Recently, a whole slew of my Facebook friends have been sharing Dove’s “Real Beauty Sketches” video, which was created by Dove as a part of their marketing plan to encourage women to embrace themselves by “building positive self-esteem and inspiring all women and girls to reach their full potential” (as written on Dove’s site). Many of those who are sharing the video have been captioning it with “:’)”, “Love this”, or “Something to keep in mind…” And maybe in that sense, Dove’s video is working; it’s reminding women to reassess the way they view themselves (Not only that, it’s also getting Dove a ton of publicity).
But in an almost more uproarious response, still more of my Facebook friends have been sharing a different link, one that criticizes the way that Dove is approaching its target audience. Now, I think the arguments raised in this post are extremely well thought out and articulated, pointing out that Dove is only reaffirming a social stigma that the only value a woman can have is her beauty as opposed to her intelligence, courage, or strength.
I wouldn’t really have so much of a problem with any of this, to be honest. I think it’s healthy to consume media with a critical eye, so as not to become a pawn of the corporate giants that rule the market. But what I do have an issue with is how so many of my friends have been using these links- and only these links- as conversations.
Let me clarify. One person will share the Real Beauty Sketches video. Several people will “like” it. Then, someone else will post the response written by Tumblr user Jazz as a form of rebuttal with a small side note like “Before you start jumping on the bandwagon” or “Consider this”. More people will “like” that. And that’s the end of that.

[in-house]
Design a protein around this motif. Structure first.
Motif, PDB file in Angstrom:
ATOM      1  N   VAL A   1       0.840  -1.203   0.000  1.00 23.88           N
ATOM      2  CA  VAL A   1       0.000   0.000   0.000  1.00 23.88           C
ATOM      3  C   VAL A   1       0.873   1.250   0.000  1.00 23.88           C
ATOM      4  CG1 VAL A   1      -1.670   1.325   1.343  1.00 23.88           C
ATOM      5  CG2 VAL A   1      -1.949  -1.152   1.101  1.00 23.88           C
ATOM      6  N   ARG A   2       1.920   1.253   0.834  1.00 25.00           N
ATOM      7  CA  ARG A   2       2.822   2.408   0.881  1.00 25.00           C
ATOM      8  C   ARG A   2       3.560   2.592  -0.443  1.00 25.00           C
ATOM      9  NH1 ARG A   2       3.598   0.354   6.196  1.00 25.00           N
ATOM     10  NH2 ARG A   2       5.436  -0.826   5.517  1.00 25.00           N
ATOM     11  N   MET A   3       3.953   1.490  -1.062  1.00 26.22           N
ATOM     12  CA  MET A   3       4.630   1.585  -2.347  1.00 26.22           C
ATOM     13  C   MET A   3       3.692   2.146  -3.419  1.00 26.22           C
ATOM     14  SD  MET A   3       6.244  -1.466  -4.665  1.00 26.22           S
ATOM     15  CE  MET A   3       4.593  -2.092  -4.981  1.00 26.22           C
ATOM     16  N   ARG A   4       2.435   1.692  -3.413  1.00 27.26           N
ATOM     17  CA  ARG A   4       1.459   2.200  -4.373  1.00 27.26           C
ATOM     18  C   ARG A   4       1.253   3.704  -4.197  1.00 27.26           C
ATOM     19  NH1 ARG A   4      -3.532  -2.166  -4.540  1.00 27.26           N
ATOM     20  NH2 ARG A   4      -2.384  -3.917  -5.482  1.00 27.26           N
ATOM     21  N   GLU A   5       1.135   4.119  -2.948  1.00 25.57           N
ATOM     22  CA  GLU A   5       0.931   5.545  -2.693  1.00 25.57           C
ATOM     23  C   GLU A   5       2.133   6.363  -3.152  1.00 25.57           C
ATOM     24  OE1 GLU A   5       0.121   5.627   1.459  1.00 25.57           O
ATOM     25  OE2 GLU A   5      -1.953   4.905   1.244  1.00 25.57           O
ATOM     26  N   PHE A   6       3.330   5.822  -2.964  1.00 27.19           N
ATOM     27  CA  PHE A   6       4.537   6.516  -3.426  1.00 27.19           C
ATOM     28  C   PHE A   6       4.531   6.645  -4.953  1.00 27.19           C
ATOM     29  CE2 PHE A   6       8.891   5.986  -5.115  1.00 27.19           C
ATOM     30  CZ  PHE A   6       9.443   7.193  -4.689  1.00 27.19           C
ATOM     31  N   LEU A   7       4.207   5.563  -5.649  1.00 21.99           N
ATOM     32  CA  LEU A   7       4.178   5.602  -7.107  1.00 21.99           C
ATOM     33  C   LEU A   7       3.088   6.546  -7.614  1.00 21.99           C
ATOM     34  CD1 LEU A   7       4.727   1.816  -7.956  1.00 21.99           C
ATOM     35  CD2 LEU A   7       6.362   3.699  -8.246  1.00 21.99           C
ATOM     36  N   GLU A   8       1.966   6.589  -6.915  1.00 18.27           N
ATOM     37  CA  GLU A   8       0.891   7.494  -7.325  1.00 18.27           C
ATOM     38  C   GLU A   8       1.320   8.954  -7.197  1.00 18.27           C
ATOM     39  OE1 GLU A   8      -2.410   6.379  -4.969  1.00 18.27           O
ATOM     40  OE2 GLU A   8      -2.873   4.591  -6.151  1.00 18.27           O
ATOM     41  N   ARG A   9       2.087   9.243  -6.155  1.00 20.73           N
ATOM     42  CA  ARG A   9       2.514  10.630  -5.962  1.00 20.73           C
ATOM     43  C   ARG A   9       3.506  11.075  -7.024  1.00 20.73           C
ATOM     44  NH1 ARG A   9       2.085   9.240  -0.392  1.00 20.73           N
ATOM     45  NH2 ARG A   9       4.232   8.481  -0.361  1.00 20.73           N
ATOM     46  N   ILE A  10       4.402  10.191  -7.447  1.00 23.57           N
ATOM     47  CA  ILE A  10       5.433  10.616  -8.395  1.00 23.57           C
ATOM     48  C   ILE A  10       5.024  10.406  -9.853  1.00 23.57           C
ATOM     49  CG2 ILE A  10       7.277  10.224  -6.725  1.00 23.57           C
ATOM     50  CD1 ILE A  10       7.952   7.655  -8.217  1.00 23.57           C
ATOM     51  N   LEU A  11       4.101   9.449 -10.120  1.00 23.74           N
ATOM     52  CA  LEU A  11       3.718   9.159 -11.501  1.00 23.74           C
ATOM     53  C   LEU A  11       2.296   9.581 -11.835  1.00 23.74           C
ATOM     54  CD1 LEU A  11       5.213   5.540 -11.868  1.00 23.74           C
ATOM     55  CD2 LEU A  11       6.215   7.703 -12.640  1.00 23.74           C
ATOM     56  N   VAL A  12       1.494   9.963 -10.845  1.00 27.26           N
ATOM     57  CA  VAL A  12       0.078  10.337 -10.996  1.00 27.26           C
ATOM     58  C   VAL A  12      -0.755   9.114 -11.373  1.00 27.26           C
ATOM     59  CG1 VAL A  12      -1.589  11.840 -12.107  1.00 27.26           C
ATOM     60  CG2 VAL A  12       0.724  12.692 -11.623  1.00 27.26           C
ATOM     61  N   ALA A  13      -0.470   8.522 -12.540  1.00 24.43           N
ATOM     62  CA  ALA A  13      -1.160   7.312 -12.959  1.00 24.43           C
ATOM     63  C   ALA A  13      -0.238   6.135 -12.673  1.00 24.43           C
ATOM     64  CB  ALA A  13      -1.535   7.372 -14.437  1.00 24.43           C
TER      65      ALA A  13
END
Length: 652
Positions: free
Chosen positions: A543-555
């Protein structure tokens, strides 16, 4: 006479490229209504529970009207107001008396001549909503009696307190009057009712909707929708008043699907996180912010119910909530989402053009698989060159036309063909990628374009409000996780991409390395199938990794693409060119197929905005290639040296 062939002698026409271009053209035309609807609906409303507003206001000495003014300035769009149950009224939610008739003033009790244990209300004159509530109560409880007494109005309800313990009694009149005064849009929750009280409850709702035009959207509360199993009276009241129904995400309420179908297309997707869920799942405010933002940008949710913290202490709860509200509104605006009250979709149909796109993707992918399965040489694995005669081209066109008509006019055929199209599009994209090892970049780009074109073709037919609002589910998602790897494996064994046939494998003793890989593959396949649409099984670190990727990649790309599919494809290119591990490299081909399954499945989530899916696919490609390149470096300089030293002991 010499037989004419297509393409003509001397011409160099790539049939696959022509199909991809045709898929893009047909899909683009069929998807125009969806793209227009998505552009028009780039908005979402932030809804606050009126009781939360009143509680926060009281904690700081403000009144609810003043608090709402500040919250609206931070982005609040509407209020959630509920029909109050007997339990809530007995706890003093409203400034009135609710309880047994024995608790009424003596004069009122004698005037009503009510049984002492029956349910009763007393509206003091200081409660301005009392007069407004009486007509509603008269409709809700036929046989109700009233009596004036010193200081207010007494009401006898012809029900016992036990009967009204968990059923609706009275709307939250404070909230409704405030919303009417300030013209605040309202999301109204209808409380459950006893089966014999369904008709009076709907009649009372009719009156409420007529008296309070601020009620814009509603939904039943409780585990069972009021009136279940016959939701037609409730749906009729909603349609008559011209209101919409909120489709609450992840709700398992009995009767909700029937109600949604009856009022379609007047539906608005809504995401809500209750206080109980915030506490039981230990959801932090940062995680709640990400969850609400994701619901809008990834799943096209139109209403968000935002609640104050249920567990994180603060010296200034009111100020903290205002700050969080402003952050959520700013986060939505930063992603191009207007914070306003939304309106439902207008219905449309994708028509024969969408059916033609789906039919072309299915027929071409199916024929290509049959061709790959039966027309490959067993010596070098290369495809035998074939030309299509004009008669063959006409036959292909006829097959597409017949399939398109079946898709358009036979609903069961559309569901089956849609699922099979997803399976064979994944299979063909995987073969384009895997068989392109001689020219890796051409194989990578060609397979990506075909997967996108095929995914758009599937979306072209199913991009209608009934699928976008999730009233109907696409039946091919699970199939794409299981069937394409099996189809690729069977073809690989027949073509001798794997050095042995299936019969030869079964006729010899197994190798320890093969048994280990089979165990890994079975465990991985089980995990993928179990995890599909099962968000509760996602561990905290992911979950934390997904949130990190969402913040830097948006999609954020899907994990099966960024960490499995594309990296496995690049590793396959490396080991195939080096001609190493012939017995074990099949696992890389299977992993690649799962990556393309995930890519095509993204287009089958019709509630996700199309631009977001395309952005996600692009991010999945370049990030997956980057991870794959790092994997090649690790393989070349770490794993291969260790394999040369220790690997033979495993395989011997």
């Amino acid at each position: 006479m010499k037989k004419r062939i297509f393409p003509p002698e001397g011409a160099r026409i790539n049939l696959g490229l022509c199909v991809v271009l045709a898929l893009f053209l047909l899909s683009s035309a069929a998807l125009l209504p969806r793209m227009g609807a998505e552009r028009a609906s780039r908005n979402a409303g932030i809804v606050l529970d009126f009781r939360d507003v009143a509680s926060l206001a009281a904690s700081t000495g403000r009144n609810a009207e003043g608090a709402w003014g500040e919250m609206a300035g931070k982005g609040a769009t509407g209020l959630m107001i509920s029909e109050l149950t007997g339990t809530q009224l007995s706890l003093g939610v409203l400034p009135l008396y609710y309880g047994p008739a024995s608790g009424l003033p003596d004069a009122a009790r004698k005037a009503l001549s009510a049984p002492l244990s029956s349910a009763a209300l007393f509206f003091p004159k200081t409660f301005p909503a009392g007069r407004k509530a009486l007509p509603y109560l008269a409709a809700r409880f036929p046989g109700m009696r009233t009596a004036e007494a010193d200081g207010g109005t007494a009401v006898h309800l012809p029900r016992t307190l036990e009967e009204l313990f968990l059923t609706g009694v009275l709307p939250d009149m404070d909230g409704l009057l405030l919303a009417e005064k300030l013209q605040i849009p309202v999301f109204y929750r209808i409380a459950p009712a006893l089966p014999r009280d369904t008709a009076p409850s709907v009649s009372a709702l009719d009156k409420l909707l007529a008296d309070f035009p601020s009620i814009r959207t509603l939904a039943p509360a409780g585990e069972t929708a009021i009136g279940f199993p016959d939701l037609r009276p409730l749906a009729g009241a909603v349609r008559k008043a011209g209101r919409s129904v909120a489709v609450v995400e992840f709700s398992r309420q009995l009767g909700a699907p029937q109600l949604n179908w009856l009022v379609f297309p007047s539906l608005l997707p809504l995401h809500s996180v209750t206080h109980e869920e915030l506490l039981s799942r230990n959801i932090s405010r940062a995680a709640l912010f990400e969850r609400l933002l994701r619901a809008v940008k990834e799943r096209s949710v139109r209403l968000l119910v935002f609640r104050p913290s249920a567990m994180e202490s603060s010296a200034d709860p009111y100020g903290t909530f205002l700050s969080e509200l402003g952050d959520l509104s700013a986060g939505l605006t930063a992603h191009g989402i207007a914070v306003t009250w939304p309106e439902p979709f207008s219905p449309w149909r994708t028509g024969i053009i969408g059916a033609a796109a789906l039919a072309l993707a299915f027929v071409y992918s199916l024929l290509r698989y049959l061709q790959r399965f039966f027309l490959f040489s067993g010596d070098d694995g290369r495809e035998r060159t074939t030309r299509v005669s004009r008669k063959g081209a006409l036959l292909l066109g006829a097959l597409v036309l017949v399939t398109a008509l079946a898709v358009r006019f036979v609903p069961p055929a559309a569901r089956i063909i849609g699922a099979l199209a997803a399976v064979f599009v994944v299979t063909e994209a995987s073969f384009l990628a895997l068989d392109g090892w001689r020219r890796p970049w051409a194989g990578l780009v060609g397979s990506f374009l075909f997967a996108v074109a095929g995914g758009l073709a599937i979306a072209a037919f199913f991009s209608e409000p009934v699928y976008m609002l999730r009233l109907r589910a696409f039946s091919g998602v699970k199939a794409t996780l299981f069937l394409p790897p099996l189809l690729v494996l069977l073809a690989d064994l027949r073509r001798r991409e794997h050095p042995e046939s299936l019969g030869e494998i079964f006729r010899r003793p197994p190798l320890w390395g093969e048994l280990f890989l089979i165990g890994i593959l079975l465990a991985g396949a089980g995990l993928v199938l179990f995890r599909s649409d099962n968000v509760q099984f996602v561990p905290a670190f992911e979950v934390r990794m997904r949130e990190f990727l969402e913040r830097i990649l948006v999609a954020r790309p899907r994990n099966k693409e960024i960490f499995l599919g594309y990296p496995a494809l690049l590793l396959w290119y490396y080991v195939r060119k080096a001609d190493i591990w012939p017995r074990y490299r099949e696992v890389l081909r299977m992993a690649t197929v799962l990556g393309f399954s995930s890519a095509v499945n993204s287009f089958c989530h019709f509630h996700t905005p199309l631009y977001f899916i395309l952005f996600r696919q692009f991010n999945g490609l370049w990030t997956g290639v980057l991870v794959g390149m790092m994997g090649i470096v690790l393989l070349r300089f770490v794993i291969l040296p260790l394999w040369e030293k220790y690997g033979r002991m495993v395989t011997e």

This isn’t the only time I’ve seen people use links to videos, articles, or online posts as arguments. I find it extremely common to find people using these links instead of providing their own insights. With so many of my Facebook friends insisting how unjust it is for Dove to post a video like this, I would be so interested in reading about their opinions. But instead, they simply post a link to someone else‘s opinion and people are quick to agree.
I don’t want to discount Jazz’s response to the video at all. I think it’s admirable to be able to watch something presented by the media, digest it, and put together a response that can be both lauding and critical so as not to provide a one-sided argument. But why have we all stopped doing that? Just the other day, in a conversation with a couple of friends, I witnessed one girl mentioning the video and suggesting that we all watch it. And then another girl promptly responded with “Yeah, but did you see that post saying how the video was actually, y’know, bad? Because all it cares about is beauty?” And that was the end of that conversation.
I would have loved to discuss the video more with everyone, especially having each individual bringing up his or her own opinion and then arguing the merits and pitfalls of Dove’s campaign. But no, the conversation started with the sharing of an online link and ended with the sharing of another. What does that lead to? A culmination of a small handful of homogenized opinions shared throughout social media, instead of each person exercising his or her ability to form an individualistic opinion? And that, I think, has become all too common- naturally, I suppose, with the rise of the Internet.